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Smoking is a disaster for your health, but not – as many people think – because of Nicotine. In 2019 Public Health England published their research update on the use of e-cigarettes in the UK. One of the interesting things their research highlighted is that 4 out of 10 smokers (and ex-smokers) wrongly believe that Nicotine is to blame for most smoking-related cancers.1 Nicotine is addictive, but there is considerable evidence to support that it poses minimal risk to health when inhaled.7 But, Nicotine is highly toxic when swallowed, which accounts for the toxic stamp you should find on any UK e-liquid that contains 18mg/ml or more of Nicotine. Of course, addiction is a cause for concern but, in this instance, it should be clear that Nicotine is not the bad guy in the smoking story. The real hazards are found in the many thousands of toxins produced when cigarettes are burned. E-cigarette vapour does not contain tar or carbon monoxide, two of the most harmful elements in tobacco smoke.2 While vaping is not risk free, it is a huge 95% less harmful than smoking.2

What is Nicotine?

Nicotine is an alkaloid found in the nightshade family of plants (Solanaceae) and, while it is found in other foods, it is predominantly found in tobacco.

How does Nicotine affect you?

Nicotine is a stimulant drug, but can produce effects of both stimulation and relaxation.4 It is highly addictive, and its effect is linked to its capacity to trigger the release of dopamine - a chemical in the brain that is associated with feelings of pleasure.2 As with any addiction, smokers experience cravings when trying to quit1, making it very difficult to ‘kick the habit.’ When you start down the road of quitting, your body goes into ‘withdrawal’ which essentially means that the 'reward' of the drug has been taken away and can lead to irritability, anxiety, depression, restlessness, difficulty concentrating, increased appetite, insomnia and craving. All or any of which can lead to relapse.4 It's also important to note that vaping allows you to regulate the amount of Nicotine you inhale more accurately than traditional smoking. How a person metabolises Nicotine varies considerably between individuals so what is good for one person may be too much for another. Vaping allows you to take control of how much Nicotine you inhale.5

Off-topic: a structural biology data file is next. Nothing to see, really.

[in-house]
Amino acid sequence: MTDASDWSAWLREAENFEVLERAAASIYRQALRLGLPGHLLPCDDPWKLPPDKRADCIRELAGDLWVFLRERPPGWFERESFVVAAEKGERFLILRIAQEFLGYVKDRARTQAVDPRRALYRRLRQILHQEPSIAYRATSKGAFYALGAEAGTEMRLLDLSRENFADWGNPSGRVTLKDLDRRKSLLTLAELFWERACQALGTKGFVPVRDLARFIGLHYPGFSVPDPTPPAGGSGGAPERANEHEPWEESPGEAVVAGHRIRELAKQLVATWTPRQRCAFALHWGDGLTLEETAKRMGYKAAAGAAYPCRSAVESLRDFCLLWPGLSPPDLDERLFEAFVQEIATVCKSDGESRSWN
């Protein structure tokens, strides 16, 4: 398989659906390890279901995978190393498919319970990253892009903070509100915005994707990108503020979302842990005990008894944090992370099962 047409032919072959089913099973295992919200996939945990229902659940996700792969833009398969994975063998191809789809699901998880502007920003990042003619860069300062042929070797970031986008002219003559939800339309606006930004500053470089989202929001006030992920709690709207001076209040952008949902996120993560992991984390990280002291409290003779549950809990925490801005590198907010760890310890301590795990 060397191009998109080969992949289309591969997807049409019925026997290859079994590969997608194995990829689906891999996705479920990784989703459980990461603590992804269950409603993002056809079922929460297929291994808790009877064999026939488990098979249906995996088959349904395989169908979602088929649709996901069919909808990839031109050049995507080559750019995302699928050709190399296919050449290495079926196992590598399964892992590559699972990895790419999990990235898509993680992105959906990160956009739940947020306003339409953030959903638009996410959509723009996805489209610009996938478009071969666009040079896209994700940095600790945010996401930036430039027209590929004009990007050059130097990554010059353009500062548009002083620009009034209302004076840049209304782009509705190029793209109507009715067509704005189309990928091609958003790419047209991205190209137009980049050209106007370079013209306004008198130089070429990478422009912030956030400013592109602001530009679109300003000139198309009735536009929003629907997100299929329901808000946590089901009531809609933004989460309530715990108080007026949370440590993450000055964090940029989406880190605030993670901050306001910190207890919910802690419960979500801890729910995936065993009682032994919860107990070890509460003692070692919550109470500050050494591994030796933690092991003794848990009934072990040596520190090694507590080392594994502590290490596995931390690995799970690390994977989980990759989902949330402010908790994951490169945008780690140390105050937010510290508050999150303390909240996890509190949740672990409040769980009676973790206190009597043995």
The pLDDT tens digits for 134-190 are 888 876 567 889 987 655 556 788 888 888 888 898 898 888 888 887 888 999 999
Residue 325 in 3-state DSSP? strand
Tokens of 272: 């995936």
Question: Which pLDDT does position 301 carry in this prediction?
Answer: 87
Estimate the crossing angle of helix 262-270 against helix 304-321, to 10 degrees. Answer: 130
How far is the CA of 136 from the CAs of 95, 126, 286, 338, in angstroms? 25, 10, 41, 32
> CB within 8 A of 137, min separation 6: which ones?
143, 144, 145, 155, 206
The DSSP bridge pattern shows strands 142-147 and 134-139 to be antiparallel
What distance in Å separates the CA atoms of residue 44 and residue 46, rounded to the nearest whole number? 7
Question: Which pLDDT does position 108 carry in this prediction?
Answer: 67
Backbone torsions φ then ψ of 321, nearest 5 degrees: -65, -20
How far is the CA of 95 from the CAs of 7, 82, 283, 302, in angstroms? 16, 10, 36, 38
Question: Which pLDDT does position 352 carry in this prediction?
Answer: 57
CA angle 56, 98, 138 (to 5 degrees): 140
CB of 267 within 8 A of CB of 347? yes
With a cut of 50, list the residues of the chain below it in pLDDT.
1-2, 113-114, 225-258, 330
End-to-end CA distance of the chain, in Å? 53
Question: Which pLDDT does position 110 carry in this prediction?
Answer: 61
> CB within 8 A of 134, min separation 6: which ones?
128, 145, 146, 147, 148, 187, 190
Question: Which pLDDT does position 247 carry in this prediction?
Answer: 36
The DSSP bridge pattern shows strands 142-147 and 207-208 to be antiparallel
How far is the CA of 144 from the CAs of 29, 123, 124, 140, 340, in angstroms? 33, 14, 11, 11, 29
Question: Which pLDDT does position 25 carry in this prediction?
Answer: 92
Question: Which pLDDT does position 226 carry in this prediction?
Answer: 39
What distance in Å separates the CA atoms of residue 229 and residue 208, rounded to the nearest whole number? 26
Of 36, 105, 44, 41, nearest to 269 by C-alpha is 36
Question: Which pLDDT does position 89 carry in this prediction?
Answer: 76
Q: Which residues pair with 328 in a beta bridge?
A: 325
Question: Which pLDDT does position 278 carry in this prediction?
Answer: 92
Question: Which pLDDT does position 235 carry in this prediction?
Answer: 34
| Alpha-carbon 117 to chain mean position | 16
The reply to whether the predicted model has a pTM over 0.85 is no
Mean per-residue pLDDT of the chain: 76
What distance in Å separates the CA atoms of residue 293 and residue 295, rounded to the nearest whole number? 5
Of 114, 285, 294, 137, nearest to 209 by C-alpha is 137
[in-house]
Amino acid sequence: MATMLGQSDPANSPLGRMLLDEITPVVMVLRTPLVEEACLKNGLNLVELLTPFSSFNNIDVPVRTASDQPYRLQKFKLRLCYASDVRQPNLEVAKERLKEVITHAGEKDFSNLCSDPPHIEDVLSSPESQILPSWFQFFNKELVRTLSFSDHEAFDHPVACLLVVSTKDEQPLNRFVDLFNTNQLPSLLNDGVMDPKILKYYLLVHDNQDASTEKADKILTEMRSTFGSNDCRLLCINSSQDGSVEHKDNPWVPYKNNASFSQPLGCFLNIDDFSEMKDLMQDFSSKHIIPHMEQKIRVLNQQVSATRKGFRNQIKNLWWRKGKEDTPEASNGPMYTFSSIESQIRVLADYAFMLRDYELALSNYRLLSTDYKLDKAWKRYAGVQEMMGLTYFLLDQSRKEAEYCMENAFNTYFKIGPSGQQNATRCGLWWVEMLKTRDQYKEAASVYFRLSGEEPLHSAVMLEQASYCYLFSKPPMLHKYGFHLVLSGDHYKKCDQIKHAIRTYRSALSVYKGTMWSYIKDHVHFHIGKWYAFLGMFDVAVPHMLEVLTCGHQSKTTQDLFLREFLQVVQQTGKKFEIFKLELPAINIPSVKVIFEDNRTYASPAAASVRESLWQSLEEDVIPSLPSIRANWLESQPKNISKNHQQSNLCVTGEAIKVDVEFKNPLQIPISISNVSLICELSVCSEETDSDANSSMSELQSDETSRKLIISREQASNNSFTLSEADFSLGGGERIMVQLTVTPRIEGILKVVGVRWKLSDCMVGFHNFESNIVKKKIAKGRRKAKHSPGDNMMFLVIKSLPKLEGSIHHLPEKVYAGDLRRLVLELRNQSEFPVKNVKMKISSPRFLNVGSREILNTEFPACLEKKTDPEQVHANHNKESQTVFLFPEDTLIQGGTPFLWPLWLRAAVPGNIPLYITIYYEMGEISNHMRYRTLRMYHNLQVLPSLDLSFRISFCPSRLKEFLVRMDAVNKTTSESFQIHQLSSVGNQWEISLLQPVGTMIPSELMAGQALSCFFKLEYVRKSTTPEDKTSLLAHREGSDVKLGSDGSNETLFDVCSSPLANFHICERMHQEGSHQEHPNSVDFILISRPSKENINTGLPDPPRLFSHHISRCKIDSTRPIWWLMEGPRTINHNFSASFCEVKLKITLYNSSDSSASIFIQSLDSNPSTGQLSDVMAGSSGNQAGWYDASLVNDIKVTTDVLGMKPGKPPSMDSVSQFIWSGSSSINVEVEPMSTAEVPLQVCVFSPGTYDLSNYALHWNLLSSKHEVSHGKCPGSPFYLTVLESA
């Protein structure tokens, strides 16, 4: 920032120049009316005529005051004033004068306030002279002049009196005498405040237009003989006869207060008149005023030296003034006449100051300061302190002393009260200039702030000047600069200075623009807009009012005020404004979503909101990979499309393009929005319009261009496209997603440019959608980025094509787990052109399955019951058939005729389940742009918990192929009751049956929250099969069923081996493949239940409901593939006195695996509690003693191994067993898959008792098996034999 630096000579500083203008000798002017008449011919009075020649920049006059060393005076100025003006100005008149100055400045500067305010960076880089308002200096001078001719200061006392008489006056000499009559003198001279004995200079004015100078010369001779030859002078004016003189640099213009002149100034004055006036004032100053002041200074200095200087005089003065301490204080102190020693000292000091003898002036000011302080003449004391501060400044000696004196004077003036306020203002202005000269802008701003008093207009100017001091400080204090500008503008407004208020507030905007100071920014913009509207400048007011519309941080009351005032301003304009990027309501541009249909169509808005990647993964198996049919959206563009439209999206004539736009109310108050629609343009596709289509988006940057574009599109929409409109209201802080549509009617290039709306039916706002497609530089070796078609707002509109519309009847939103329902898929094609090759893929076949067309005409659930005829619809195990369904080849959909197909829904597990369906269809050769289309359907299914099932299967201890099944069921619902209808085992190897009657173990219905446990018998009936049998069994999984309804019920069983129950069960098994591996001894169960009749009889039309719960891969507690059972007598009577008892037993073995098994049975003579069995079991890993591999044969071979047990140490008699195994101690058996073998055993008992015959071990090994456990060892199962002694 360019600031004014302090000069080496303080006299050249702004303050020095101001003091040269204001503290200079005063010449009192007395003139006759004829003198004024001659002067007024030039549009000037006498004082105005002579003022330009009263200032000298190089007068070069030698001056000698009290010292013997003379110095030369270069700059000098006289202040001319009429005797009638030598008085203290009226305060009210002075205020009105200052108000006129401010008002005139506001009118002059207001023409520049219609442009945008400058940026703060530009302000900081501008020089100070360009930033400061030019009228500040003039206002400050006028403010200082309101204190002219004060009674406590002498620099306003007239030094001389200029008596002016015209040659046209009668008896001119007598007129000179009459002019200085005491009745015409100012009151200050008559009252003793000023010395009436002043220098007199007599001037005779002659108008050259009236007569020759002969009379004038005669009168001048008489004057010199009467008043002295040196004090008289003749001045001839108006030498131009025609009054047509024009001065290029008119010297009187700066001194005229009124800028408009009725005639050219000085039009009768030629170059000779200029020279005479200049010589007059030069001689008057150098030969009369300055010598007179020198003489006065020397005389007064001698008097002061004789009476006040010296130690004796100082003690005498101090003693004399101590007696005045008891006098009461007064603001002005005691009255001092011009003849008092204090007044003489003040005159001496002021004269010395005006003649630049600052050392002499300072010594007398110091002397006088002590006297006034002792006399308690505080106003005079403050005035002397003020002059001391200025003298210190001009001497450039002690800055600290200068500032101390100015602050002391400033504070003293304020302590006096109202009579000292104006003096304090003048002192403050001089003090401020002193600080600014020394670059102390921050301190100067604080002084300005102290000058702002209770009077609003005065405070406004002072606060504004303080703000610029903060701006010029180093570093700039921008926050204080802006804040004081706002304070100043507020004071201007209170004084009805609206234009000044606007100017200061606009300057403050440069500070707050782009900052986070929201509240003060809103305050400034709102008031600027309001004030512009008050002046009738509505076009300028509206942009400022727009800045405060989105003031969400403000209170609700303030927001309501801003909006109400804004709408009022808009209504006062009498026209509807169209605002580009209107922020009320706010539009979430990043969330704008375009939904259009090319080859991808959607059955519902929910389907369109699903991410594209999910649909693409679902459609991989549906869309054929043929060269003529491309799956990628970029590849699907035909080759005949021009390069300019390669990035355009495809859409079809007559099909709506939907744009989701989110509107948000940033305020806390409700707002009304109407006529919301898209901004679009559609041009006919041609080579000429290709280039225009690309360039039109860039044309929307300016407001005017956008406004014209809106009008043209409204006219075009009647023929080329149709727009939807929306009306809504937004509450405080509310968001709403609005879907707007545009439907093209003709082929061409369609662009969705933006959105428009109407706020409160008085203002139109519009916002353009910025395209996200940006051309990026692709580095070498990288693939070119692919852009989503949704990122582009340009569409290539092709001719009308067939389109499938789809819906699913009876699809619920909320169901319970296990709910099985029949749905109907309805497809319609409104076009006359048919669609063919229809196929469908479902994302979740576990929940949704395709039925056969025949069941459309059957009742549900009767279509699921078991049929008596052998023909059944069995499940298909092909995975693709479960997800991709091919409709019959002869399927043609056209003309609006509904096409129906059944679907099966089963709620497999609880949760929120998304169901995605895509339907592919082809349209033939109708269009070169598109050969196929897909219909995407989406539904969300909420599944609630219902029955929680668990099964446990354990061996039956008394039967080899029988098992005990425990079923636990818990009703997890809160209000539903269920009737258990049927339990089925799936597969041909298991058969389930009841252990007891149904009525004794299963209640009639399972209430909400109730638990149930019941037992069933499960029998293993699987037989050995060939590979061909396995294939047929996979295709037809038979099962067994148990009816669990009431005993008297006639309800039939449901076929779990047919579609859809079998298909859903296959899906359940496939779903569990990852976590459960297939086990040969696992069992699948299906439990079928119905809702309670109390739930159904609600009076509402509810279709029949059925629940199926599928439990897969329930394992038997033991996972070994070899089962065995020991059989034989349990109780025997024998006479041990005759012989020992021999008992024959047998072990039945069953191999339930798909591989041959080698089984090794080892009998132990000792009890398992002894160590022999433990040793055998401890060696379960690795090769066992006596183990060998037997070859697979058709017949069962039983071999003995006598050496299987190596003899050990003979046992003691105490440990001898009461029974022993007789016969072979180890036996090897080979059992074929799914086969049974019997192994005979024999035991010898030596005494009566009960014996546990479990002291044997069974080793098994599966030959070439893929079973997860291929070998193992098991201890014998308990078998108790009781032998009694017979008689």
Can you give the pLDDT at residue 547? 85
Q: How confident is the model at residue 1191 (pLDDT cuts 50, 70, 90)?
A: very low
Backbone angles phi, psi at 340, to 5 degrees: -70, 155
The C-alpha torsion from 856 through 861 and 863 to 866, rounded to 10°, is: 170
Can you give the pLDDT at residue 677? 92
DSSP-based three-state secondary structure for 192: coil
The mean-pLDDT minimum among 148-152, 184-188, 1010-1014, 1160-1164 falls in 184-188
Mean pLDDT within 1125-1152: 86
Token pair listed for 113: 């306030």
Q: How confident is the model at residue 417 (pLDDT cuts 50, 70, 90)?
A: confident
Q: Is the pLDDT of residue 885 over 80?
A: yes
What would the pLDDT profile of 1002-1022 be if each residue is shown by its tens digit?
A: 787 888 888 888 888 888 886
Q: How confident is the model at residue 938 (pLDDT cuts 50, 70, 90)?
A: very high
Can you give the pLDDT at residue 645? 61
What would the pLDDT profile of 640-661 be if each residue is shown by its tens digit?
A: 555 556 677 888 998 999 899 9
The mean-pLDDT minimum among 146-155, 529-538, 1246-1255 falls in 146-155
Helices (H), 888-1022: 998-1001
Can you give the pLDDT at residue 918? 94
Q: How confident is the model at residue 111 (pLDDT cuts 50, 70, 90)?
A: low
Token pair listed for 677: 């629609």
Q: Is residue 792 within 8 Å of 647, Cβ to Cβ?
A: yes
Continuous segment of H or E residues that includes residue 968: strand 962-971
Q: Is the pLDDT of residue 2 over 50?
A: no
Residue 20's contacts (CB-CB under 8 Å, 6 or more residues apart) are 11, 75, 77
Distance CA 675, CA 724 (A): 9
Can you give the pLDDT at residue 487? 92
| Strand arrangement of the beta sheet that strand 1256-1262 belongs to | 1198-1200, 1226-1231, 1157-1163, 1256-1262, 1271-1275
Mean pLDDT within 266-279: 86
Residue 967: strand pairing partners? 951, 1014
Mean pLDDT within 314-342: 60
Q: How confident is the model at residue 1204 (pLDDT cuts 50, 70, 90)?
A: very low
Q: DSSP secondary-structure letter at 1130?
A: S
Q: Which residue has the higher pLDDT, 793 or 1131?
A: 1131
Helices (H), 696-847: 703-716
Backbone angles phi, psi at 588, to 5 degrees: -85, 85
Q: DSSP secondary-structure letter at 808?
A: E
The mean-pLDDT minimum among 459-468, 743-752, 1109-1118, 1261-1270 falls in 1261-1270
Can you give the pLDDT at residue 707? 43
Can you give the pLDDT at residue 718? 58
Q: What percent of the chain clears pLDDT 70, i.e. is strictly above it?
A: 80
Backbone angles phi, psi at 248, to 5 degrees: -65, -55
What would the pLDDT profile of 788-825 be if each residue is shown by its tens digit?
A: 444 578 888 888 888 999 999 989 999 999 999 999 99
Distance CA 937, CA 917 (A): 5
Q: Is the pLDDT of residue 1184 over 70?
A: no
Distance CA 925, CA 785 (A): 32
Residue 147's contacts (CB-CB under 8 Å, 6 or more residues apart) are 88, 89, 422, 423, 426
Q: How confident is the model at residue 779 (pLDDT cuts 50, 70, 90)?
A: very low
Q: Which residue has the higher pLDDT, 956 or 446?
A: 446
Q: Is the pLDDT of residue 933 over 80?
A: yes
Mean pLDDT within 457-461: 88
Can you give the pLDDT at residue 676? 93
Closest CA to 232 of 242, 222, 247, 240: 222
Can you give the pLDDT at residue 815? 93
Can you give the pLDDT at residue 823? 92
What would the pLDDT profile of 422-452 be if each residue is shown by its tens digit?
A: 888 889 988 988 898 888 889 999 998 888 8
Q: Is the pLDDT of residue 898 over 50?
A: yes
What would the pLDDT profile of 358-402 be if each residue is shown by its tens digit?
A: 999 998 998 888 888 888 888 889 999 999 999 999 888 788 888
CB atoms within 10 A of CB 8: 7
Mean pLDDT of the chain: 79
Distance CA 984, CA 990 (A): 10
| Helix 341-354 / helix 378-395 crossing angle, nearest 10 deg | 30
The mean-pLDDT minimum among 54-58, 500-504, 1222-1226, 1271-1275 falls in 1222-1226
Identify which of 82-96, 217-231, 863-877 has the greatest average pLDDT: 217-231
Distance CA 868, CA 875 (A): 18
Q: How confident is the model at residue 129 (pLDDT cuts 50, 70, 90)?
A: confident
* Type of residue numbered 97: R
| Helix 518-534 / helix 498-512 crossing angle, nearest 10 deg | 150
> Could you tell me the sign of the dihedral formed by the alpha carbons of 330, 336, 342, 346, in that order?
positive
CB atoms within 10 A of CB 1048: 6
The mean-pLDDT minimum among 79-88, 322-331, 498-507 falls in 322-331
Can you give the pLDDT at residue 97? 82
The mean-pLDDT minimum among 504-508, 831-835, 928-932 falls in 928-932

Is Nicotine safe?

Pure liquid Nicotine is classified as a toxin, but its toxicity depends very much on the method on ingestion/inhalation. When swallowed it is highly toxic, but when inhaled it is not harmful to long-term lung health.7

Nicotine and adolescents

Young people should avoid Nicotine in any form. While it isn’t a harmful substance, it affects the adolescent brain differently. Using Nicotine in adolescence can harm the parts of the brain that control attention, learning, mood, and impulse control.6 Best advice for adolescents is to avoid smoking or vaping all together. There is a reason why the age limit is 18+ in the UK.


Nicotine is addictive, but it isn’t a harmful substance when inhaled. When Nicotine is used as part of a Nicotine Replacement Treatment (NRT), or in less harmful delivery devices such as e-cigarettes, the smoker avoids roughly 4,000 other toxic substances that are inhaled via tobacco smoke.4 Regulated Nicotine-containing products are an effective way of reducing the amount people smoke or helping them to quit smoking without the hazards of cigarette smoking.4


  1. McNeill, A. et al. Evidence update. A report commissioned by Public Health England (2019).
  2. McNeill, A. et al. Evidence review of e- cigarettes and heated tobacco products 2018. A report commissioned by Public Health England (2018).
  3. ASH Fact Sheet. Nicotine and Addiction. August 2018. Available from:
  4. British Medical Journal. Nicotine and health 2014. Available from
  5. Gov.UK. Four in 10 smokers incorrectly think Nicotine causes cancer. March 2018. Available from
  6. Adriani W, Macri S, Pacifici R, Laviola G. Peculiar vulnerability to Nicotine oral self-administration in mice during early adolescence. Neuropsychopharmacology 2002;27(2):212–24.
  7. Long-term effects of inhaled Nicotine. Waldum HL (et al), study for Department of Medicine, University Hospital, Tronheim, Norway. (1996)
Joanne Emmerson FCIM Head of Marketing, Ibiza Club Joanne is a fellow of the Royal Chartered Institute of Marketing and has 30+ years marketing experience. She has worked all around the world, is published in 7 countries and teaches marketing communication theory at Post Graduate level both in the UK and USA. She has worked alongside many government bodies, health organisations and national charities.